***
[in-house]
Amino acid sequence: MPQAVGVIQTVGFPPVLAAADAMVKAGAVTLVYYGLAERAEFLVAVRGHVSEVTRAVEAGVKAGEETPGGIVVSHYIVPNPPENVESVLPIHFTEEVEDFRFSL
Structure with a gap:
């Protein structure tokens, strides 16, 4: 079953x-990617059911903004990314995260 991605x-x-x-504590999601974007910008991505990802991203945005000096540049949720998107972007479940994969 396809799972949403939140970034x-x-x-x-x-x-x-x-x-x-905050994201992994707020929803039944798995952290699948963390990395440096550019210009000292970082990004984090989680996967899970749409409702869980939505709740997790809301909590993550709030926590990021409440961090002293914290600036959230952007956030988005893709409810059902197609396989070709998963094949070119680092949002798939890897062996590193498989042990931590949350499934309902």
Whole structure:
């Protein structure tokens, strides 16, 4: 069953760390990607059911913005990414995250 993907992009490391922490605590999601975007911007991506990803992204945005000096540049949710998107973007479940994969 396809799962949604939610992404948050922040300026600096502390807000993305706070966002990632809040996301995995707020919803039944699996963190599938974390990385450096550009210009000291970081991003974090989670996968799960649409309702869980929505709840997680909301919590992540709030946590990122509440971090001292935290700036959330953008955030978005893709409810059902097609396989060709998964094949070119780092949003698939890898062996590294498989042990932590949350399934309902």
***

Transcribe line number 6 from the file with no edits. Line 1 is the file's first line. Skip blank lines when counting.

């Protein structure tokens, strides 16, 4: 069953760390990607059911913005990414995250 993907992009490391922490605590999601975007911007991506990803992204945005000096540049949710998107973007479940994969 396809799962949604939610992404948050922040300026600096502390807000993305706070966002990632809040996301995995707020919803039944699996963190599938974390990385450096550009210009000291970081991003974090989670996968799960649409309702869980929505709840997680909301919590992540709030946590990122509440971090001292935290700036959330953008955030978005893709409810059902097609396989060709998964094949070119780092949003698939890898062996590294498989042990932590949350399934309902």